Beyond cultural clientele

Most public administrations -especially local ones- are currently facing serious financial difficulties. As a result, cultural venues are desperately trying to find the way of balancing their accounts while keeping up their mission’s essence and the provision of their services. Under these circumstances, glances are logically focusing on the public, since consumers’ individual monetary contributions provide the resources needed to conduct any activity or event. The public, indeed, not only provides an important part of the projects funding, but it also legitimates with its presence the rest of the available public resources and sponsorships. Let’s not forget that they are the intended audience and the raison d'être of cultural supply.

However, focusing on audiences, though essential and a must-remember in times of plenty, can involve a danger: focusing too much on pleasing the same old clientele, such as season-ticket holders, connoisseurs and clients who like to see and listen to the same kind of product. From a financial/marketing management perspective, this is a logical and fair option, but from a wider point of view, taking into account the whole society and their collective progress would be a better choice.

We are living in a complex and individualistic society that is getting more heterogeneous everyday. In a social moment in which everyone minds their business -generating what Jean-Michael Lucas has called “cold cultural tolerance”- cultural expressions can become a meeting point. We all exercise our well-earned use of freedom to express ourselves, exchange our ideas and consume those areas of cultural reality that appeal to us. We are living in a context where, aside from big media events, the specialization of culture consumption is huge and allows us to have a wide variety of alternatives. However, lack of communication leads to ignorance and ignorance to contempt or even hatred towards other people’s cultural expressions, especially when dogmatic single-views aim to impose on other community views. We should recall the words of Antonio Machado when stating that Castilla despises what it ignores. There is, therefore, a lack of collective projects that are participative and open. Projects that are easy to join without having to give up own values and expressions, where interacting with tradition and innovation facilitates a process of collective growth.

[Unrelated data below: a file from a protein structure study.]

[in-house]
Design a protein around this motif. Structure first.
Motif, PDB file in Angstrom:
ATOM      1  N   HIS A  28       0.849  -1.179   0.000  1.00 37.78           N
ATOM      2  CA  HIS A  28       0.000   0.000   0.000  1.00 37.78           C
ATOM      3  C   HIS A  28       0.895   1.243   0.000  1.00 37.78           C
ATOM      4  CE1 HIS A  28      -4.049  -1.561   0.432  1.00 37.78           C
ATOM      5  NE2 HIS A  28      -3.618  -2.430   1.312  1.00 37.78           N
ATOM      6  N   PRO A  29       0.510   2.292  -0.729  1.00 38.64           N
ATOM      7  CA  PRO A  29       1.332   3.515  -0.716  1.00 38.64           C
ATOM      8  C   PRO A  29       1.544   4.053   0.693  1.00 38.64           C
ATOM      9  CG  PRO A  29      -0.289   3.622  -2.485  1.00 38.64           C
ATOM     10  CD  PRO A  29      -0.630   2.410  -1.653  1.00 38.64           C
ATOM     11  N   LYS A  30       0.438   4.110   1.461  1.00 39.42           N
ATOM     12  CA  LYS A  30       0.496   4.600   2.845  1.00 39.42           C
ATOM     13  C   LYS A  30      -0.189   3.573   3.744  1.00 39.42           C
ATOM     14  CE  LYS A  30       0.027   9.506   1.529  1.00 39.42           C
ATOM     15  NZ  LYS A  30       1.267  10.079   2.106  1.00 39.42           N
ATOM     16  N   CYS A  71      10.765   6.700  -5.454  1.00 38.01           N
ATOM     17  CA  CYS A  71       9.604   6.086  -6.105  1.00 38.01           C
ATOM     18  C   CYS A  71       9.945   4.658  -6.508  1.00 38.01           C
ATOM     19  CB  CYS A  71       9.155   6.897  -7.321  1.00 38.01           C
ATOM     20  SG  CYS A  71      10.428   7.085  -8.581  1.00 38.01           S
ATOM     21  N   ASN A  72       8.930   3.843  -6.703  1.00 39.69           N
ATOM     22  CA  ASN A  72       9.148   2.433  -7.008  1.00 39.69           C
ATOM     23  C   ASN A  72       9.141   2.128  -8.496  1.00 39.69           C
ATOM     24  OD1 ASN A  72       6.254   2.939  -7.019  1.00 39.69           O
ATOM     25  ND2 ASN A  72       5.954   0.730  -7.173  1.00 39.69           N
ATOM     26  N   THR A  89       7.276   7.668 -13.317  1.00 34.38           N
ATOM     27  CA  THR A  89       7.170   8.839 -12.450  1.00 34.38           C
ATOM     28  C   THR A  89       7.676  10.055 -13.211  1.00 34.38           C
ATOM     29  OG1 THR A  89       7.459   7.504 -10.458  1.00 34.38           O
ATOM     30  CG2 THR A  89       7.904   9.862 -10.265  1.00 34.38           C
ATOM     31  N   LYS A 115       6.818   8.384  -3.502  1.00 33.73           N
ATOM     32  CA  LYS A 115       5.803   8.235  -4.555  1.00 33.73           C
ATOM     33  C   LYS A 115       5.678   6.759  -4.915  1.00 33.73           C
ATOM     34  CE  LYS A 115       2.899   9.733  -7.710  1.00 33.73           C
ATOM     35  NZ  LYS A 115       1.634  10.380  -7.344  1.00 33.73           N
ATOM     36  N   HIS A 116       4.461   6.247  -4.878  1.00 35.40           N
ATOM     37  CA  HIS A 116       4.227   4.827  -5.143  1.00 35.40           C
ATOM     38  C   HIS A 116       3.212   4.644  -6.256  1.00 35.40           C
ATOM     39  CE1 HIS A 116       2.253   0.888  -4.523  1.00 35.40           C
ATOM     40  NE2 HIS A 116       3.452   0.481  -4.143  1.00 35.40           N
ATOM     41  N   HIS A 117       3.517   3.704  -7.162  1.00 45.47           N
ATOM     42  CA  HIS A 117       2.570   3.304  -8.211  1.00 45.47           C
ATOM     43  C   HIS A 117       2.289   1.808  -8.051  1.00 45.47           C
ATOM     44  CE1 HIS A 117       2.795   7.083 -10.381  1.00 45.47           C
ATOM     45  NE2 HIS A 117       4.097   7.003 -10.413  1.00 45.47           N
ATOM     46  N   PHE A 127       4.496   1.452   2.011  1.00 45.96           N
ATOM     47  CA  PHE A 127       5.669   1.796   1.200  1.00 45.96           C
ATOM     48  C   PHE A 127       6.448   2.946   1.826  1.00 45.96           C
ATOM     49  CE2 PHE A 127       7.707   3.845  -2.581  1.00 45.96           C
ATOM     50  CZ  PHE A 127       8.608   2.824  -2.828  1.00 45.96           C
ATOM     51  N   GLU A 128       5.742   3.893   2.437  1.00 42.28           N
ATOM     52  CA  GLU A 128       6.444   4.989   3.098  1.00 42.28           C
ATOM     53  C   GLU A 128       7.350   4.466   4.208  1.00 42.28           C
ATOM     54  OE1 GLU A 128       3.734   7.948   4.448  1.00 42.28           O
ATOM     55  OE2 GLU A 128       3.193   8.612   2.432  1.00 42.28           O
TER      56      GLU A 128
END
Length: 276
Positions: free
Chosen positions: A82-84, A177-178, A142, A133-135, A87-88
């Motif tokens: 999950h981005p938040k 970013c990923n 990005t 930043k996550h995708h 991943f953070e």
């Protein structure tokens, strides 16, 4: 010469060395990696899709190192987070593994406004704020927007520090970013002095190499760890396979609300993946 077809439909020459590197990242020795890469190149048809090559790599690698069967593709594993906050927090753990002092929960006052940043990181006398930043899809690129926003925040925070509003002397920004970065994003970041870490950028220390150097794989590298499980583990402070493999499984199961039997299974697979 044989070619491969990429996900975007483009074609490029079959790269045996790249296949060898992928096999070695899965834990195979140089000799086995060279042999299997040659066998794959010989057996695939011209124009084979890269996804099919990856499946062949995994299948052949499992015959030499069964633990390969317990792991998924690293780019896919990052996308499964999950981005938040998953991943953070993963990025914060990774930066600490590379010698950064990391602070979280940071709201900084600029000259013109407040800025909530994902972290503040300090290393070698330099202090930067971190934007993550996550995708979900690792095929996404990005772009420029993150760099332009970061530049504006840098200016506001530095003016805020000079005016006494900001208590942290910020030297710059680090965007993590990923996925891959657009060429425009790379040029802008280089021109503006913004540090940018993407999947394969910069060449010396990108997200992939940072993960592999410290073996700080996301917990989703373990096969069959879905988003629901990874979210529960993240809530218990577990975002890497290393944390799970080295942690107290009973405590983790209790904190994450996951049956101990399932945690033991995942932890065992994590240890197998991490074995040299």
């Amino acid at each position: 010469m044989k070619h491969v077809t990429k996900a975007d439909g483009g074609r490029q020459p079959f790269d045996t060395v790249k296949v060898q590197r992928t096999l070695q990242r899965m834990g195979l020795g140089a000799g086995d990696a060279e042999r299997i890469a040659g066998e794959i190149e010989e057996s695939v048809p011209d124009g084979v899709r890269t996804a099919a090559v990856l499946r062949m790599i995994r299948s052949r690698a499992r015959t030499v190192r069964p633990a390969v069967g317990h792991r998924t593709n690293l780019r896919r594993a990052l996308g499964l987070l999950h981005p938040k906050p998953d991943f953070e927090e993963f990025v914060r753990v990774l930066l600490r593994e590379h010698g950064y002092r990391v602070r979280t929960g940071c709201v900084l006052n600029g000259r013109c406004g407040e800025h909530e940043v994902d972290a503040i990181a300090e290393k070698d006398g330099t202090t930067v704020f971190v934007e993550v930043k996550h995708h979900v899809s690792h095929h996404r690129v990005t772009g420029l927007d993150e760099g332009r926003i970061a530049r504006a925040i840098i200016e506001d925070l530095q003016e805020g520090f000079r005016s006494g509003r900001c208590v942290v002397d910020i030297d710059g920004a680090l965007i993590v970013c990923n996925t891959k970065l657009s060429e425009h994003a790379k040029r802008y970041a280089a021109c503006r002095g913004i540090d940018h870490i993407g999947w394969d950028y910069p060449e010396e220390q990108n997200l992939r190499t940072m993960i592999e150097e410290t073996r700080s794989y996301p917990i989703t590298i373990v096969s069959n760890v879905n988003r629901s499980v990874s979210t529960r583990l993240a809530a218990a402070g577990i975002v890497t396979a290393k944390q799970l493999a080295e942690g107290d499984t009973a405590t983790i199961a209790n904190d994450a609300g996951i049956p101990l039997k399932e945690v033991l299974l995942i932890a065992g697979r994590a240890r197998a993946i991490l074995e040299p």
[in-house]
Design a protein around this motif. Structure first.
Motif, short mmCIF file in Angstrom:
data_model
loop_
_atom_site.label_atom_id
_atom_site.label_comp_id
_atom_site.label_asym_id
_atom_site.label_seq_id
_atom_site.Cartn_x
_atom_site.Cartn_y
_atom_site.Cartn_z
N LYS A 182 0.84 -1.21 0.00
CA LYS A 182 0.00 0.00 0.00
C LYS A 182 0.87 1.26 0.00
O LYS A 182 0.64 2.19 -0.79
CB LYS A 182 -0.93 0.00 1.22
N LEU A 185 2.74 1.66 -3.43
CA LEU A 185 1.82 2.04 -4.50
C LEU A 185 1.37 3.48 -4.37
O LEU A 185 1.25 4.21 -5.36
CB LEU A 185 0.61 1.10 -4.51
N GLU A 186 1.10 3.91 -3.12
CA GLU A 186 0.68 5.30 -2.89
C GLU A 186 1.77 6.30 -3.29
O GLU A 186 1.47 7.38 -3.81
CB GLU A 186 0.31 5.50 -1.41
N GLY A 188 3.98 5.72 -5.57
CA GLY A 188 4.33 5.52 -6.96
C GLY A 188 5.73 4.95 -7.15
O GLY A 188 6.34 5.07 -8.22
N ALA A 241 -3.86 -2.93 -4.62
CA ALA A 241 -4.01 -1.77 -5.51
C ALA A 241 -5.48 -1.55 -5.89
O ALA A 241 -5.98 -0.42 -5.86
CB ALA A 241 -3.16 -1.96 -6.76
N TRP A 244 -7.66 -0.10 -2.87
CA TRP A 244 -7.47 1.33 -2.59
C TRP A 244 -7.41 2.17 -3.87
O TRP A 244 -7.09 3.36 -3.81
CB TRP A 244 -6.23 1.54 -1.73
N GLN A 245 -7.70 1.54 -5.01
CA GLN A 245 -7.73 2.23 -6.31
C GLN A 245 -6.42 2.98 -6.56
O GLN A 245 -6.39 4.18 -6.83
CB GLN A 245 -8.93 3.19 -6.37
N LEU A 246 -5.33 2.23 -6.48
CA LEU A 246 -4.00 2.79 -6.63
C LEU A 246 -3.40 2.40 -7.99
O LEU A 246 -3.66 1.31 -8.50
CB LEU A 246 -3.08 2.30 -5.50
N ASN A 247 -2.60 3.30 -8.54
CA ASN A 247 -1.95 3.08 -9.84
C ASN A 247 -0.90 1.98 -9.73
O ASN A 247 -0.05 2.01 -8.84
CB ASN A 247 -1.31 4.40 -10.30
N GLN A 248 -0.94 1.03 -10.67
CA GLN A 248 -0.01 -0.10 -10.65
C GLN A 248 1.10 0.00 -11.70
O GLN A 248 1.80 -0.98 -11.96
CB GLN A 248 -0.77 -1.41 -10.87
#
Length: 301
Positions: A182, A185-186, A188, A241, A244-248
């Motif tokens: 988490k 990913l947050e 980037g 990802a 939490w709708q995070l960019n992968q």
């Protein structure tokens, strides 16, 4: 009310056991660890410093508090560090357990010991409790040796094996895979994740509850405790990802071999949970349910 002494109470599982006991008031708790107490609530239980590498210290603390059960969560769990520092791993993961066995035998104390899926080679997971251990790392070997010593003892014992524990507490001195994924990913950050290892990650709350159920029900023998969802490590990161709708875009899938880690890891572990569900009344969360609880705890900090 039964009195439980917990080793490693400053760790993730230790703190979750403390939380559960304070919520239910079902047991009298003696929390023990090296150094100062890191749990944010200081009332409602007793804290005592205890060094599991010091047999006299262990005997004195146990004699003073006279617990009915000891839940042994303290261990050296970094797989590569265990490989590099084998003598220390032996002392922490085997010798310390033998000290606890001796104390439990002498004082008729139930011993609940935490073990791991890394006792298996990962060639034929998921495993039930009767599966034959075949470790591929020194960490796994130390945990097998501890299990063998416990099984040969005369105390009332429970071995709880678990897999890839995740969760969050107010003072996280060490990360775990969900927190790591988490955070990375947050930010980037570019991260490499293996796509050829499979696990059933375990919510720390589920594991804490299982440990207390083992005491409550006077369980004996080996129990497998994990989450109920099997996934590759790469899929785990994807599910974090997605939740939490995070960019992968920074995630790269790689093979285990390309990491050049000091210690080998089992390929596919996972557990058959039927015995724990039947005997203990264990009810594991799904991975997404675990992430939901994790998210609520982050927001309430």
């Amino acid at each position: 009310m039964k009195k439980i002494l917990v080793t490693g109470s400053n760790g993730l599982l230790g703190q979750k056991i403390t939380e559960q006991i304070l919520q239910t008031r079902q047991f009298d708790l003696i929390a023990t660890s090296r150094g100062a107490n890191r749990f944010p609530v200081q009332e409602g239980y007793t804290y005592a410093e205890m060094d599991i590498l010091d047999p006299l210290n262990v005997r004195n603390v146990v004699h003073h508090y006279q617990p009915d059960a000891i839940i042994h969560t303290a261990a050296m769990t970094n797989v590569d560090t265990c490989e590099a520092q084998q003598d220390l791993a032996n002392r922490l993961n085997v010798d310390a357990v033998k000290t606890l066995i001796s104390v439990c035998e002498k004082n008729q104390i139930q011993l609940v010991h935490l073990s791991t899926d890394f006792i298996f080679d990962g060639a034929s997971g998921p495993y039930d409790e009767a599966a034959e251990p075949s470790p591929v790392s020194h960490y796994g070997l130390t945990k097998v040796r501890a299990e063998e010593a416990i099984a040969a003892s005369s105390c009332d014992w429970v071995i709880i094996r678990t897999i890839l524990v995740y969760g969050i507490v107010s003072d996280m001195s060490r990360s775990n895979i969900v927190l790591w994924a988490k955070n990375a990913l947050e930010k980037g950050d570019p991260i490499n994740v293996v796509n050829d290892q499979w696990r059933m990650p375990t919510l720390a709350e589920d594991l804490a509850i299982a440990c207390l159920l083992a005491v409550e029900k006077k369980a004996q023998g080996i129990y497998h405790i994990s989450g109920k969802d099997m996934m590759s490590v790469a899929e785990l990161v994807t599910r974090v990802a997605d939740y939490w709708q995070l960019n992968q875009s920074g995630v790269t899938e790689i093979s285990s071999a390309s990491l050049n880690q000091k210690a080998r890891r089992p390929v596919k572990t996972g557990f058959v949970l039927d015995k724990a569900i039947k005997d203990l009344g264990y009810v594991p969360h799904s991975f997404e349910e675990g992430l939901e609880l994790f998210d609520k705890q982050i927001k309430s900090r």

Nowadays, arguments to justify public cultural actions are those related to being “a capital of culture”, “a great centre for creative economy”, “a magnet of quality cultural tourism”, or “a celebration of multiculturalism”. All these targets are inherently good, but I think they only show a partial view that is rather parochial and does not deal with the main challenge of culture: allowing coexistence of creative freedom, expressive freedom and consumption freedom. The responsibility of public bodies and their specialised institutions –museums, libraries, theatres or exhibition halls- should consist on enabling spaces for interaction between those groups that aim to widen their respective cultural capital. The economic crisis should make us more aware of this challenge, instead of narrowing our view and focusing our attention exclusively on the audience. We need to overcome the nuisance of taking risks and give a meaning to the public cultural actions resposibility.

(Translated by Ana Muñoz de la Torre)

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